Specifically, the purpose of the Regulation EC 1107/2009 is to "ensure a high level of protection of both human and animal health and the environment, and at the same time to. safeguard the competitiveness of Community agriculture". For this reason, the regulation should ensure that industry demonstrates that substances or products produced or placed on the market do not have any harmful effect on human or animal health or any unacceptable effects on the environment.
The risk assessment process, in relation to both human health and the environment, is comprised of an assessment of both effects and exposure. According to the Regulation EC 1488/94 (European Commission, 1994), effects assessment comprises the identification of "the adverse effects which a substance has an inherent capacity to cause" (hazard identification), and the assessment of the dose-response relationship. Exposure assessment is instead defined as the estimation of the concentrations to which human populations or environmental compartments are or may be exposed. The risk is then characterised by quantifying the likelihood that adverse effects occur due to actual or predicted exposure to the substance of concern. Characterization of risk is based on the comparison between exposure and toxicological parameters. The concentration to which organisms are exposed can be estimated with predictive models (PEC: Predicted Environmental Concentration), or derived from monitoring data. Concentration of a chemical that does not cause negative effects on ecosystems is usually estimated through extrapolation from laboratory data of acute or chronic exposure, obtained by applying standard methodologies.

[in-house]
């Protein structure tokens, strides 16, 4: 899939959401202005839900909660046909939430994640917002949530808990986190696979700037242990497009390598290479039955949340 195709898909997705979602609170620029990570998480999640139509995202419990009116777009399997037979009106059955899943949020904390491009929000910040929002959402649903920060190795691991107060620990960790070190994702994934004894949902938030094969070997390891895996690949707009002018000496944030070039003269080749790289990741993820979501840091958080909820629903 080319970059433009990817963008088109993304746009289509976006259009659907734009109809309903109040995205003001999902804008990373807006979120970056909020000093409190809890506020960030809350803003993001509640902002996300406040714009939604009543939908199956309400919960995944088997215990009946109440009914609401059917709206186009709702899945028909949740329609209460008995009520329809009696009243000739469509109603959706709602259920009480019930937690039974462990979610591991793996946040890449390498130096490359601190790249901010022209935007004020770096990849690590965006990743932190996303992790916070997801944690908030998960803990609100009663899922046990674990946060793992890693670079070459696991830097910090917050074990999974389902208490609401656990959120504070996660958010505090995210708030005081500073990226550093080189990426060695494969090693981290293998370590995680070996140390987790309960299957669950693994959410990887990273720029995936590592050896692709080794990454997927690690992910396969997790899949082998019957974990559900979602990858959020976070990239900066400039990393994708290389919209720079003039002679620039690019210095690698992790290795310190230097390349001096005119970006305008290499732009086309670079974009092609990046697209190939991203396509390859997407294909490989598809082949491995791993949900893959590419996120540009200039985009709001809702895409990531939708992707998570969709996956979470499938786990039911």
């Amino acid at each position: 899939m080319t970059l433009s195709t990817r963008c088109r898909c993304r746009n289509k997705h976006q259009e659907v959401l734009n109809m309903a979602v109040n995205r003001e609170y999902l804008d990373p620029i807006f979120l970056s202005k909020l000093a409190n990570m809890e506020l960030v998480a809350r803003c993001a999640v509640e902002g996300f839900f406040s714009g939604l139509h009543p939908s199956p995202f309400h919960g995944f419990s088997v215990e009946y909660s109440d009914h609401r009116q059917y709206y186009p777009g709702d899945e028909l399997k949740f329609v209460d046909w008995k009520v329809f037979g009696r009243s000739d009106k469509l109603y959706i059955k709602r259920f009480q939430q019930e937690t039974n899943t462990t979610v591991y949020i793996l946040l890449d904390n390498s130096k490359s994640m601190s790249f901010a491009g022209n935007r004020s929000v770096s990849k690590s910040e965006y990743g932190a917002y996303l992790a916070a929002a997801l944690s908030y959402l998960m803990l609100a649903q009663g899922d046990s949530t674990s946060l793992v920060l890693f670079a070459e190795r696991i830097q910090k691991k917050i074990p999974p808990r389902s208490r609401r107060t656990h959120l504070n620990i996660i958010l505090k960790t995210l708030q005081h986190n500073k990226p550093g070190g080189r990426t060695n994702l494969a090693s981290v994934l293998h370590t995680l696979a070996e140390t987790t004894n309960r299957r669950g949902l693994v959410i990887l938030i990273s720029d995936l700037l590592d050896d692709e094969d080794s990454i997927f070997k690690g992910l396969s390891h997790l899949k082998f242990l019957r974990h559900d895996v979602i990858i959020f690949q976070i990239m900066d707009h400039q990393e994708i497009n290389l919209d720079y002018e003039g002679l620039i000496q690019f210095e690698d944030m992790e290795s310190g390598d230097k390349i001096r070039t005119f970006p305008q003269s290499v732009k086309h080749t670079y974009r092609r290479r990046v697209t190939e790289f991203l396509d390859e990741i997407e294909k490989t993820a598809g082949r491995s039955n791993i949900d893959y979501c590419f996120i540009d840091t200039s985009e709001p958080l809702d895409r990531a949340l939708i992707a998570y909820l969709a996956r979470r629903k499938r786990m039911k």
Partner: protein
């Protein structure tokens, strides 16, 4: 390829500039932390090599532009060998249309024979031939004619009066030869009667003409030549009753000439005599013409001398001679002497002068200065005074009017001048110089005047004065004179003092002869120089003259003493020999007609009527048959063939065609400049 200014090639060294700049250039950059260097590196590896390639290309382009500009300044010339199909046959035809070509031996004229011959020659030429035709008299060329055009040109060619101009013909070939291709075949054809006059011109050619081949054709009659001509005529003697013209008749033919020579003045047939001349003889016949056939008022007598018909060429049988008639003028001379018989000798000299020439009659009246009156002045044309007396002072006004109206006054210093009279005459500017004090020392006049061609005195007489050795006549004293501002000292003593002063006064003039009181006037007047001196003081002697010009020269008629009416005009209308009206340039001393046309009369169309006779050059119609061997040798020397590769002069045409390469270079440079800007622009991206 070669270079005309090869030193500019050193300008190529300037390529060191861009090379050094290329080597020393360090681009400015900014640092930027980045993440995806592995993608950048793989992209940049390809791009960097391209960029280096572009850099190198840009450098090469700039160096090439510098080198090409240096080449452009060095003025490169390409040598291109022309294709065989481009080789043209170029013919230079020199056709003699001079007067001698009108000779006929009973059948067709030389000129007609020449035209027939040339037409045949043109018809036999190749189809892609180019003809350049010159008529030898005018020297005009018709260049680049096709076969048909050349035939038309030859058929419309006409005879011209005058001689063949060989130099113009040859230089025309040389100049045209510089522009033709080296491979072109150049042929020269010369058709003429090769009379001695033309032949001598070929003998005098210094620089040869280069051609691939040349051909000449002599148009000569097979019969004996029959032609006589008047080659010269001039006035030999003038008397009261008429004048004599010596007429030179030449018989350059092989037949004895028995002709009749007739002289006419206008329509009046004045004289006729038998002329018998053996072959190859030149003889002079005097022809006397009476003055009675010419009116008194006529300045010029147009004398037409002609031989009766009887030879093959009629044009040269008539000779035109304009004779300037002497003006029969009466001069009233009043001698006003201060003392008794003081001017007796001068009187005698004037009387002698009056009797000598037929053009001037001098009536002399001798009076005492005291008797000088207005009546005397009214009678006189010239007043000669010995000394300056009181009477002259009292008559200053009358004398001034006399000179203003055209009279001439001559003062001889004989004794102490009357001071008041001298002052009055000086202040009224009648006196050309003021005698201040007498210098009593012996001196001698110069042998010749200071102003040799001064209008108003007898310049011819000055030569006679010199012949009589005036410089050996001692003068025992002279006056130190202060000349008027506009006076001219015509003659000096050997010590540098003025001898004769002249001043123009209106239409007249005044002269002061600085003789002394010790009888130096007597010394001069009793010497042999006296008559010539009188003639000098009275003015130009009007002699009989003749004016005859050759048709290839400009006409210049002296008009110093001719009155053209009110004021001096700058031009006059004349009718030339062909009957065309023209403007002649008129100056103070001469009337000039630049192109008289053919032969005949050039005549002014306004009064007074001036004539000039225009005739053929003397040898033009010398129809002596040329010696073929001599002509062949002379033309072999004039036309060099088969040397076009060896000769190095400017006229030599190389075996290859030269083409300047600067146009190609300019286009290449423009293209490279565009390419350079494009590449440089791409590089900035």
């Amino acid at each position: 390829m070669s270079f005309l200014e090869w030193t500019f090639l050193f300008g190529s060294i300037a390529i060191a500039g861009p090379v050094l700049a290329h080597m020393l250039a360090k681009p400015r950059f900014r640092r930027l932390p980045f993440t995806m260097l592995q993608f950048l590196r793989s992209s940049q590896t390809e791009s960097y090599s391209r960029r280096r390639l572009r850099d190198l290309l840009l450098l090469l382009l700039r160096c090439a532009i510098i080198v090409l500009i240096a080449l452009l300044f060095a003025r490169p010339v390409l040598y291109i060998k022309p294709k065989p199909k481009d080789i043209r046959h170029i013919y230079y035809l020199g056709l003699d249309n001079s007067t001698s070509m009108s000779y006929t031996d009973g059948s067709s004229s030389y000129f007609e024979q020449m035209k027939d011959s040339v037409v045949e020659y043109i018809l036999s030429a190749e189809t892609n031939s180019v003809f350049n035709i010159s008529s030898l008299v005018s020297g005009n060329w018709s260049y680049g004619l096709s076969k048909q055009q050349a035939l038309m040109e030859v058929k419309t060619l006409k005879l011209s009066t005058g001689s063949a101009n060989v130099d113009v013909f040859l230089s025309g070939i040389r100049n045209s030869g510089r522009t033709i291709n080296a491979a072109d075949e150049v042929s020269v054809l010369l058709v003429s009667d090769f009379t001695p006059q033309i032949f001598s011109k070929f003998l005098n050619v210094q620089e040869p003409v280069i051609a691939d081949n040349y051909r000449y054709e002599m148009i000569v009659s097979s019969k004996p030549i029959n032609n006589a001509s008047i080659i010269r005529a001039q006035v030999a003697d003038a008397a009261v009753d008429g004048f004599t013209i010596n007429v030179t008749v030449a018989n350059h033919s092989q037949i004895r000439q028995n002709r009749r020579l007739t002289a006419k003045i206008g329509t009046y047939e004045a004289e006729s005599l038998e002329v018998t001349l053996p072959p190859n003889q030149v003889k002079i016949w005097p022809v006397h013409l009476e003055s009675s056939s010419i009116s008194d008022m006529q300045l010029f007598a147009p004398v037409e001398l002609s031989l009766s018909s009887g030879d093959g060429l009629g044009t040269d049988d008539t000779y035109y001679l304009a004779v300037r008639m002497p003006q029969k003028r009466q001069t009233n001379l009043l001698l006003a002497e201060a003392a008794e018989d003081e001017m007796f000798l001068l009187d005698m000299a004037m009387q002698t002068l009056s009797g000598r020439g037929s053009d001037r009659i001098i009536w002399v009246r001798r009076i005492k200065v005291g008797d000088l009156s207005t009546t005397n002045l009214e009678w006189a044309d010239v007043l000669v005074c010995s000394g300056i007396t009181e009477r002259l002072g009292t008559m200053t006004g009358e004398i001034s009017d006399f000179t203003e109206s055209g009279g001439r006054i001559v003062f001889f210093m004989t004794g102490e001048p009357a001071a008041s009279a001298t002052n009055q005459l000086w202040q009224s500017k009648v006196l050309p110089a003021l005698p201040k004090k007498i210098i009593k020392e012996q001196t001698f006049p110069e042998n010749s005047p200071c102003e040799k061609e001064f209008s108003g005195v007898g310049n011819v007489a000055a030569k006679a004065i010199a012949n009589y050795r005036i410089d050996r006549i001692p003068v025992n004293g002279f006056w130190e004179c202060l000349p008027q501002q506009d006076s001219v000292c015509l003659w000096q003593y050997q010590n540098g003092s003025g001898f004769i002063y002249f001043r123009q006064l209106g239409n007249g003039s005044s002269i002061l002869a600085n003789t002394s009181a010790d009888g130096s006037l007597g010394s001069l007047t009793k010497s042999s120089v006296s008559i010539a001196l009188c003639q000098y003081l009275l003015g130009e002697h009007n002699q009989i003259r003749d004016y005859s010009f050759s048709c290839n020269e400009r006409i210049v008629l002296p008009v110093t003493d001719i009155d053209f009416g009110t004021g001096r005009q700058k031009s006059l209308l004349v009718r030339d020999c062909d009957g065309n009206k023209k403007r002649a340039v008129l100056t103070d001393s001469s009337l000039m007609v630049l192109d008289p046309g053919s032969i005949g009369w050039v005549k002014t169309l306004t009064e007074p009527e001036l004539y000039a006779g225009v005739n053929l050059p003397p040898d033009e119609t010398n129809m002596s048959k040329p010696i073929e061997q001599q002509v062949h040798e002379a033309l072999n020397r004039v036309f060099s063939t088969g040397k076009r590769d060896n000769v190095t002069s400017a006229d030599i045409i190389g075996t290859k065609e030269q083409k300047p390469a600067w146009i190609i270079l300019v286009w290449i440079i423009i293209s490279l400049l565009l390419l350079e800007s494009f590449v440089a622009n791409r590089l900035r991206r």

Risk assessment procedures commonly follow a tiered testing strategy (Fig. 1.1). Initial risk assessments represent worst-case scenarios: both the ecotoxicological tests and the exposure assessments they are based upon are very simple and very conservative assumptions are made in the assessment factors used. If low risk is indicated at the first tier, usually no further testing is necessary. However, if a chemical fails the initial risk assessment, additional refinements of effects and exposure are often required: the aim of this tiered approach is in fact to focus testing efforts on chemicals that are more likely to cause adverse impacts on human health or the environment. However, there are substantial uncertainties in translating the test responses used in risk assessment to effects of concern in complex ecological systems (Calow and Forbes, 2003).